Collaborative relationships along with best practices for sustainable educational projects will support the growth of land and water-based learning.

This is an integral element of Indigenous resurgence and ways of learning. These recommendations came out of our individual interviews with teachers in Districts 61 and 63 this past spring. As the next step in this Promo-Science project, we invited teachers to spend a day at UVic and meet with like-minded faculty and community. Our goal, based on the requests of teachers, was to create opportunities for conversations, questions, and networking without a highly structured environment.

Bowker Creek Headwater

Finding a way to start these conversations was simple – invite our group to spend the morning out on land.

On Thursday, October 7th a group of 14 teachers and 12 UVic community members met up, ready to explore the campus. To start off in a good way, we began at the First Peoples House with a territorial acknowledgment followed by a circle of introductions. Surrounded by rich fall colours and bright sunlight, we visited key sites of restoration around the campus. Bowker Creek Headwater was our first stop, where Living Lab partners John Harris described the importance of the creek for Indigenous communities, while John Taylor and Nancy Shackelford talked about the potential to create a holistic model of restoration at the headwater. To see a site in the process of restoration, we walked over to the newly planted camas garden. John Harris recounted the excitement of Indigenous youth who started the garden this past summer and acknowledged the contributions of Reynold’s secondary students in September. The garden is not just an ecological restoration project but reflects Indigenous cultural revitalization and belonging on campus. We continued our walk with impromptu talks by faculty, to learn more about the complex work to balance ecosystems on campus, and the potential for these sites to be educational.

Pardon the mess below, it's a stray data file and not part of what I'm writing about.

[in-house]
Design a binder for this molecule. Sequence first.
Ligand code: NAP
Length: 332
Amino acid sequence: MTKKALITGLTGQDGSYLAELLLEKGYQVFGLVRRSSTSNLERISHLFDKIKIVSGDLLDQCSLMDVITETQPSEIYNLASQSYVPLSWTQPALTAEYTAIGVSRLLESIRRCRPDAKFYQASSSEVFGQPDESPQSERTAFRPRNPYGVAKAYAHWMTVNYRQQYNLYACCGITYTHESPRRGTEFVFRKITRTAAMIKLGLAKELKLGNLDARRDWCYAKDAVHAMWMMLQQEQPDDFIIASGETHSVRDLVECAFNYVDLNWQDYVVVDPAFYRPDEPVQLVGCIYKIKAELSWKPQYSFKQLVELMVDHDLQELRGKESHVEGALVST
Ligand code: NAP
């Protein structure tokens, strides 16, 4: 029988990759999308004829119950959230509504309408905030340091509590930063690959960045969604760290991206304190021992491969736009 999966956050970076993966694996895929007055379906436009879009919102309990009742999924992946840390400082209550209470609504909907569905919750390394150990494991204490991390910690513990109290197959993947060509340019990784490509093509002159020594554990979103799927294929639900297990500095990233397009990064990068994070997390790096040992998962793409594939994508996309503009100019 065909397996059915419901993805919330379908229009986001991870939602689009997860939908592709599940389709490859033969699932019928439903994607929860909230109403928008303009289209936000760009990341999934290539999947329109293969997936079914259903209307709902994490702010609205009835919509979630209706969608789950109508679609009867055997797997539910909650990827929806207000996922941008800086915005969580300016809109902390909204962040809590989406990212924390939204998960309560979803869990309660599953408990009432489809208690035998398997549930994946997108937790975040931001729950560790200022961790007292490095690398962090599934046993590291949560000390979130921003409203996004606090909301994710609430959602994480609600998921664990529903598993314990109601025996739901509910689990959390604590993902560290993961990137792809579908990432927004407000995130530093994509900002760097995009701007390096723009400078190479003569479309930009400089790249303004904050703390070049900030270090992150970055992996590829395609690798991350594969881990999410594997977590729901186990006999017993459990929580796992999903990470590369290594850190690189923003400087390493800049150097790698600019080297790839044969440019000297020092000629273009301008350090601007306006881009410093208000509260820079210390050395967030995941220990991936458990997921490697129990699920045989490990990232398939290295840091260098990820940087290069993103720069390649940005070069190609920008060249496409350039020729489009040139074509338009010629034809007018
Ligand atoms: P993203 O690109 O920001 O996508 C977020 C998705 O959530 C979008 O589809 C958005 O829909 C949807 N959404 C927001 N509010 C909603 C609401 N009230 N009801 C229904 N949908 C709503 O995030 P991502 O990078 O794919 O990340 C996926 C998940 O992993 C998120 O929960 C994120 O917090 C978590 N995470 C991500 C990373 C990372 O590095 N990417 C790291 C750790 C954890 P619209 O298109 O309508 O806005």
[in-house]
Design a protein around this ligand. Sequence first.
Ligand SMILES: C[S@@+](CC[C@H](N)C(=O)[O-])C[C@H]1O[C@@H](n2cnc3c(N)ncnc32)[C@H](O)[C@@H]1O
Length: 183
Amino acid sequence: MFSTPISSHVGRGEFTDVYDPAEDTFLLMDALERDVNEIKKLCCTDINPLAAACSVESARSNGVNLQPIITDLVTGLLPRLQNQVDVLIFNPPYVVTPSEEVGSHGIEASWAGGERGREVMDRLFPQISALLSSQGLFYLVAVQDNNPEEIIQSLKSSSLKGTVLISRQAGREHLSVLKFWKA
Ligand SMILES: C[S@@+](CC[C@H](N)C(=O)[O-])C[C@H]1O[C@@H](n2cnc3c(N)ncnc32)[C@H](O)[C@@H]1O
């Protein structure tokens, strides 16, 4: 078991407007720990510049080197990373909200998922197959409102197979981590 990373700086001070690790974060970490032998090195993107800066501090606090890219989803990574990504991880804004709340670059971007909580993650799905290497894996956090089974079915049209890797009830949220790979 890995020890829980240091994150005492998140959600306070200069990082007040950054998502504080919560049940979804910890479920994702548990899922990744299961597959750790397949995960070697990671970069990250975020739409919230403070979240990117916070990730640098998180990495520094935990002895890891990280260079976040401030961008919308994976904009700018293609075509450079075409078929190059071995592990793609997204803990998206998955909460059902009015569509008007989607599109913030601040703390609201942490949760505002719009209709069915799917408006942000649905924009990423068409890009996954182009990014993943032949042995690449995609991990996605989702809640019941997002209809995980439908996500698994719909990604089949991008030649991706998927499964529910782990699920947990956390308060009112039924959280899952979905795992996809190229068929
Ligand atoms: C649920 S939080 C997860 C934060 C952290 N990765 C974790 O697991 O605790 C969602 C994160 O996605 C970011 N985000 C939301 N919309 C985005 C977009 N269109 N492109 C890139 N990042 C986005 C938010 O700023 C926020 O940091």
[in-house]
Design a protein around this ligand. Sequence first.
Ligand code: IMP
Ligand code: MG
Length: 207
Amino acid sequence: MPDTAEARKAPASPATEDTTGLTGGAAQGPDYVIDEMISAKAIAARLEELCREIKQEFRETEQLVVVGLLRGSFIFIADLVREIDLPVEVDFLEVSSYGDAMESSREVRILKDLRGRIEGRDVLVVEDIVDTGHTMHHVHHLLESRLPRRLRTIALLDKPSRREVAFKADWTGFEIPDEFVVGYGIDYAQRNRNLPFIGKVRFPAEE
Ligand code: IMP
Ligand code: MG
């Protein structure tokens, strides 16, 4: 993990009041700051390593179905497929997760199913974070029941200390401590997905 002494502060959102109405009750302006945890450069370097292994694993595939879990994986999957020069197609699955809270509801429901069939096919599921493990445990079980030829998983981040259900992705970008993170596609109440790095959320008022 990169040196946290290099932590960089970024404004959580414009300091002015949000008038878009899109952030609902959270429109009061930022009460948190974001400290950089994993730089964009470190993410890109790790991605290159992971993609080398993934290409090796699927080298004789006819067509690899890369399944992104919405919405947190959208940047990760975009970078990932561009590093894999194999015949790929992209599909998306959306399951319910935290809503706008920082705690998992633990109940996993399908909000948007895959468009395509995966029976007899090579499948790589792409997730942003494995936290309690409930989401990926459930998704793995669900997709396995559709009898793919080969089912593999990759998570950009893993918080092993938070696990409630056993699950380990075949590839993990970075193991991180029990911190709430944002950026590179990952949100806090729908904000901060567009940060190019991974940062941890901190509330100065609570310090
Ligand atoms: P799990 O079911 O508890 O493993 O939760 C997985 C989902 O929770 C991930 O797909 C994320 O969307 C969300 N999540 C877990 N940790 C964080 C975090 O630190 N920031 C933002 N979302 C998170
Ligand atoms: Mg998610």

Camas Garden

In the afternoon, Dr. Sanford began by affirming the experience and knowledge that teachers bring to this NSERC Promo-Science project, and asked three key questions:

• How can we support each other in attaining our goals and aspirations?
• How can Promo Science and Living Lab best support you with resources?
• How can we collectively create sustainable connections/networking across schools/districts and university campuses?

Germinating Ideas

The buzz of conversations, almost deafening at moments, illustrated how this group — teachers, faculty and UVic community – are passionate and committed to creating systematic change. Ideas affirmed that knowledge mobilization of environmental studies, land and water-based learning and restoration must include conversations between school districts and the university. Next steps include developing structures that will support collaborative relationships and resource sharing, as well as identifying pathways for faculty to support teachers and programs in schools.

– Tracey Murphy, Research Assistant for the Living Lab Project